It has been 70 years to the day since the Japanese attacked Pearl Harbor and devastated the United States naval base there, killing well over 2,000 servicemen and about 60 civilians. I imagine that over the past weeks and days, you have been duly reminded of that event and bombarded with a great deal more information than it takes to convince you that we need to remember such events in order to avoid them in the future. That, however, is not my job. Somebody else has done it much better than I could.
It was impossible to totally ignore the day, as I clearly remember the ever-present slogan during the World War II days of my childhood– “Remember Pearl Harbor.” Posters and banners and quotes by politicians, teachers, newscasters and just about everybody else would hardly let us forget it. So, hoping for something less repetitive, I turned to my encyclopedia and found– nothing new, so if there have been any recent discoveries or if any intriguing new plots have surfaced regarding the whole business, you’ll be hearing it from someone besides me.
What I did find, as I browsed through volume P of my encyclopedia, was a whole lot of fascinating information about pearls. This happens to me a lot, as I tend to browse every time I look up something in a dictionary, almanac, or other reference book. An adjoining article catches my eye, or I get side-tracked on my way to wherever I was headed by a photo or illustration. Sometimes I never make it to my original destination and end up following up on all those little notes at the end of an article that begin, “See also...”
The year we were married, a mere 15 years after the bombing of Pearl Harbor, my new husband presented me with a pearl necklace. Admittedly, it was a necklace of cultured pearls, not the extravagantly expensive natural or wild pearls, but they were made by real pearl-producing mollusks which are commonly called pearl oysters, even though they are not true oysters. Cultured pearls are formed in the same way as natural ones, except that the whole process is sped up and little is left to chance, as is true of the pearls that are made by mollusks who are left to their own devices.
Natural pearls happen by accident. They are an effort by their hosting mollusk to prevent damage to itself by surrounding an irritant, such as a grain of sand or tiny parasite, with the same smooth material which forms the interior coating of its shell. This is called nacre when it coats the inside of the shell. When it coats a grain of sand or other irritant, it becomes a pearl. Natural pearls take many years to reach marketable size and are often shapes other than round, depending on the cause of the irritation and the age of the mollusk at the time the pearl is harvested. The longer the mollusk harbors the irritant and the more layers of nacre are deposited around it, the larger it becomes, and the greater the chances that it will turn out to be some shape other than round. Natural pearls are sometimes pear-shaped, rather flattish, or simply lumpy blobs. Natural pearls can be pink, white, black, ivory or any number of pastel shades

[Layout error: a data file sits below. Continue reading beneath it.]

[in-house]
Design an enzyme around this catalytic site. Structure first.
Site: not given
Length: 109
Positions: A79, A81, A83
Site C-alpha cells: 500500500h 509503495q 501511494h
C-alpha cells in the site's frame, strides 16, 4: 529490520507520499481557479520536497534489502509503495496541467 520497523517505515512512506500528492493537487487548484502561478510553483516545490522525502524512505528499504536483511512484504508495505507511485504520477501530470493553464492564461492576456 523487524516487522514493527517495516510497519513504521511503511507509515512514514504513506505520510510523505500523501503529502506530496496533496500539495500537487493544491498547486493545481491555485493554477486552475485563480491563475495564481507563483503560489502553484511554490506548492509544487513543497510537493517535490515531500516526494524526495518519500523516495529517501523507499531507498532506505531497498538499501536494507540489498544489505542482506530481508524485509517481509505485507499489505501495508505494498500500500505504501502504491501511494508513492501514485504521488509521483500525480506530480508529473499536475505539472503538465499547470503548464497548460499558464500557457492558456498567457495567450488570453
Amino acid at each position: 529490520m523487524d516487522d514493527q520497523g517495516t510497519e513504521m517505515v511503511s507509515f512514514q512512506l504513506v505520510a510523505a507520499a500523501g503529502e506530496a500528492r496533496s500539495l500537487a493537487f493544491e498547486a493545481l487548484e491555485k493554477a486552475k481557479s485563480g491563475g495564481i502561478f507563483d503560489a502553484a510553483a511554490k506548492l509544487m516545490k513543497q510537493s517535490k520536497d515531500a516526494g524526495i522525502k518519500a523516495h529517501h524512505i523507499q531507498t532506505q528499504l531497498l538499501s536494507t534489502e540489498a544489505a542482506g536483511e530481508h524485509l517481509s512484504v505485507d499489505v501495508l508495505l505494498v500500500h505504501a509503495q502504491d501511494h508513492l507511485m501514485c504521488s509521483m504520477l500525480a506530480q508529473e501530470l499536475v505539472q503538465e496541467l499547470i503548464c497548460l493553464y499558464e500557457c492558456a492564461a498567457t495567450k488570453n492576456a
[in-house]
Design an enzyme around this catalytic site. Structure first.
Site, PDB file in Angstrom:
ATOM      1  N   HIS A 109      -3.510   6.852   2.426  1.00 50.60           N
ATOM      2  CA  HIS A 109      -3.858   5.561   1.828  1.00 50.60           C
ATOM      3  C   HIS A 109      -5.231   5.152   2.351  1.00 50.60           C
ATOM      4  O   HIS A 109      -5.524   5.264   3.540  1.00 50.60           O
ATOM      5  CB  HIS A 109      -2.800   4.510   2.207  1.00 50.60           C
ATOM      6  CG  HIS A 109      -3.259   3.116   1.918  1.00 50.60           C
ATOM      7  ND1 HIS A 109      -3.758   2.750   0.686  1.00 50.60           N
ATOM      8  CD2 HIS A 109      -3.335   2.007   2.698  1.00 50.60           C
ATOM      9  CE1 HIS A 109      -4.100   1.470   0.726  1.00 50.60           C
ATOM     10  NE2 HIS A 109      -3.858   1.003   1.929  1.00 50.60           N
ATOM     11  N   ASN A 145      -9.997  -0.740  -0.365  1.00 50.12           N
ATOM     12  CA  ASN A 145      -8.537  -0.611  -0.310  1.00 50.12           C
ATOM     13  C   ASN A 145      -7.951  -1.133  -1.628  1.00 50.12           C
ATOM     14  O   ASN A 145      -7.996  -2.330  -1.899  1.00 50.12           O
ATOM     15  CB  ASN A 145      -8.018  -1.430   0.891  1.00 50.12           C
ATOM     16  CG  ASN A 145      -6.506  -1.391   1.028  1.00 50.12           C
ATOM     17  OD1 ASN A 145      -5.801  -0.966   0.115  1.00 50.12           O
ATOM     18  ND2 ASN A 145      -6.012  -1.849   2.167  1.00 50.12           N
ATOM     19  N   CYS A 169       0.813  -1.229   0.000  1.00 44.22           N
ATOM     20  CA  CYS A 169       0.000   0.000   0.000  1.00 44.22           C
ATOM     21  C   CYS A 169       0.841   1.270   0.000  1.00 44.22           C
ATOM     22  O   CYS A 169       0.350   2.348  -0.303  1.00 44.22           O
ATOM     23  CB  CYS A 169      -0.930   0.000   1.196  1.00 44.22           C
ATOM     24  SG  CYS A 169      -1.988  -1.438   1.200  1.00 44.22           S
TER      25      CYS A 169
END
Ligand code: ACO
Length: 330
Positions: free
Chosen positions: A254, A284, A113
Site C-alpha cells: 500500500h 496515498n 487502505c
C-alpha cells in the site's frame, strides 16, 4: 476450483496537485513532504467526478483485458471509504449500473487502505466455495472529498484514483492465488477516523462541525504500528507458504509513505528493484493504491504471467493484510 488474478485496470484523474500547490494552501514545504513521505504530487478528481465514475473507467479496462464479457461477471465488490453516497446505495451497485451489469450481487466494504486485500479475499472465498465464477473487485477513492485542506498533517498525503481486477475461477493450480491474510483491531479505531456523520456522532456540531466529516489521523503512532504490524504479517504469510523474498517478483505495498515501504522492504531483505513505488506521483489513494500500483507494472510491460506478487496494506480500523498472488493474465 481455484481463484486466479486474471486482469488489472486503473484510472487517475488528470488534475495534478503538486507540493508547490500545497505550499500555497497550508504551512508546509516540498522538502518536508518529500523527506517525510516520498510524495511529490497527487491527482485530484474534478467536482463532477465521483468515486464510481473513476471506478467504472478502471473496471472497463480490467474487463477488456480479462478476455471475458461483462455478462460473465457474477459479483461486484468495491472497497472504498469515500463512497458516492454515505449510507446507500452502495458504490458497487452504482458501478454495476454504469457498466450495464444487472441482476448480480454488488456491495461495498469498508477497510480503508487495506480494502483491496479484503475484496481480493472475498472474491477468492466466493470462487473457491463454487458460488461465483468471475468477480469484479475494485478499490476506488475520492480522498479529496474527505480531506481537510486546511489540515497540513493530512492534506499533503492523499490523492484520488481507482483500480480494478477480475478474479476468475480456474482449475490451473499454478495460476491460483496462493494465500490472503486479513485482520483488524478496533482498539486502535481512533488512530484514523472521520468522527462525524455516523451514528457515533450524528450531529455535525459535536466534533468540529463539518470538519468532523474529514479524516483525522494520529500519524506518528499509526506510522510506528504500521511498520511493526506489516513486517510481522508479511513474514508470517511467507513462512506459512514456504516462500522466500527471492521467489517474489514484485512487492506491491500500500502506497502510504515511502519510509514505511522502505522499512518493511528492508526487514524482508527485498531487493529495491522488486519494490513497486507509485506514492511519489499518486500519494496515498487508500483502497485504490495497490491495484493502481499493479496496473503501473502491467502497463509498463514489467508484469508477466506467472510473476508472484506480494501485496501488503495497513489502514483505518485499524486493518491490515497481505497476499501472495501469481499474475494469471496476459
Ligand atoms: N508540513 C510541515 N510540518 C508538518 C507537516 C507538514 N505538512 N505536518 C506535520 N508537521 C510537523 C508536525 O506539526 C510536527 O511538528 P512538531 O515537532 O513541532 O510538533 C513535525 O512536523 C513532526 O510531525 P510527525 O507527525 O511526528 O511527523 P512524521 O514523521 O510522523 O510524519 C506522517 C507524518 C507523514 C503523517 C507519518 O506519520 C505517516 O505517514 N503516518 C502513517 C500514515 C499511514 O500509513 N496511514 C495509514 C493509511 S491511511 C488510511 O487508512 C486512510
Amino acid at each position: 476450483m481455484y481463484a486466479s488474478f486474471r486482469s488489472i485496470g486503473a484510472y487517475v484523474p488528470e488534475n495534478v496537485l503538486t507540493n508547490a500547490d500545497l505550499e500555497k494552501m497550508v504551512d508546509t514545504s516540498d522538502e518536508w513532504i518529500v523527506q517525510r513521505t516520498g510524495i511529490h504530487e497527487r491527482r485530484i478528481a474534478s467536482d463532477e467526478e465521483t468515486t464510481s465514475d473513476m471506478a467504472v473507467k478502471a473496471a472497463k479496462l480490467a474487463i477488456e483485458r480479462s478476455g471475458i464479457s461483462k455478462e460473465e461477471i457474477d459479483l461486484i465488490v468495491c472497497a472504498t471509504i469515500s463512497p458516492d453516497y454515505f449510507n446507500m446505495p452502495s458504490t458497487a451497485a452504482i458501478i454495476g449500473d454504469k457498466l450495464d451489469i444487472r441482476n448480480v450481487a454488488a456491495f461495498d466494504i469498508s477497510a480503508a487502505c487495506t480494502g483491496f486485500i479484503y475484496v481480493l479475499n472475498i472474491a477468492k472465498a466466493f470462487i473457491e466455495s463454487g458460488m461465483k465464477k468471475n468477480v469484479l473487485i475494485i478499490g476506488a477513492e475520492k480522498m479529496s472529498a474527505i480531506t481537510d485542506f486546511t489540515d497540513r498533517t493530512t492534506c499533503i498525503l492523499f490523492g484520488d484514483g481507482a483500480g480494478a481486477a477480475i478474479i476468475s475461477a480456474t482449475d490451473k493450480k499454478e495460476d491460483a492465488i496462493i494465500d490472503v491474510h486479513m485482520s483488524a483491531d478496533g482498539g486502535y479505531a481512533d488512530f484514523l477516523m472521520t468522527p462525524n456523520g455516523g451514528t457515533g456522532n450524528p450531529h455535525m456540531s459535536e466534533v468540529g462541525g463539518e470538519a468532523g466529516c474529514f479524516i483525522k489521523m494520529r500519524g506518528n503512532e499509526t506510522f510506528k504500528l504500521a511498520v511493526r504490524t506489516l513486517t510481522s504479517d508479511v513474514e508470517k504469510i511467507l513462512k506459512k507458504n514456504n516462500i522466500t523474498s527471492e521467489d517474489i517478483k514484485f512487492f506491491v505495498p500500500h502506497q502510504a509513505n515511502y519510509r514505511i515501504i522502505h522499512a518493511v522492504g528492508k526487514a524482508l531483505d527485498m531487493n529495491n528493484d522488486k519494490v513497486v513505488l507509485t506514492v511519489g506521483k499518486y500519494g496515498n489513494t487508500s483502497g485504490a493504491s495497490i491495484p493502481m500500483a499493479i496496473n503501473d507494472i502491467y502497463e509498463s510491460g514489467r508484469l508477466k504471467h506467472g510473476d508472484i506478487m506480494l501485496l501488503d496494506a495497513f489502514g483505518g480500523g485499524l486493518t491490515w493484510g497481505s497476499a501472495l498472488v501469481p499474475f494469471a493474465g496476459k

While those unique, odd-shaped pearls are valuable in their own right, they are not what most of us want when we want a pearl necklace or perfectly matched earrings made from them. Cultured pearls begin with a perfectly round bead of nacre (mother of pearl made from the inside of a shell, remember.) The bead is coated with a substance taken from a mollusk and inserted into the body of the host mollusk. These seeded mollusks are then returned to their habitat to continue the process of turning the bead into a pearl. In order to protect their investment, the pearl farmers place them in wire baskets which are then suspended in the water from rafts. These privileged mollusks are tenderly coddled and watched over. Several times a year they are removed from their cages and cleaned of dirt, barnacles and seaweed. They are kept in an environment that keeps them in good health, safe, clean and well-fed. They reward all this tender, loving care by producing, within just three to five years, usually perfect, marketable pearls, which are removed from the host mollusk, cleaned and polished. Because these pearls began with a bead of nacre rather than a tiny irritant, they have fewer layers of nacre built up around their cores, but are just as real as the natural pearls, though not as expensive. Only an expert can tell a cultured pearl from a natural one.
And that’s what I learned when I looked up Pearl Harbor in my encyclopedia.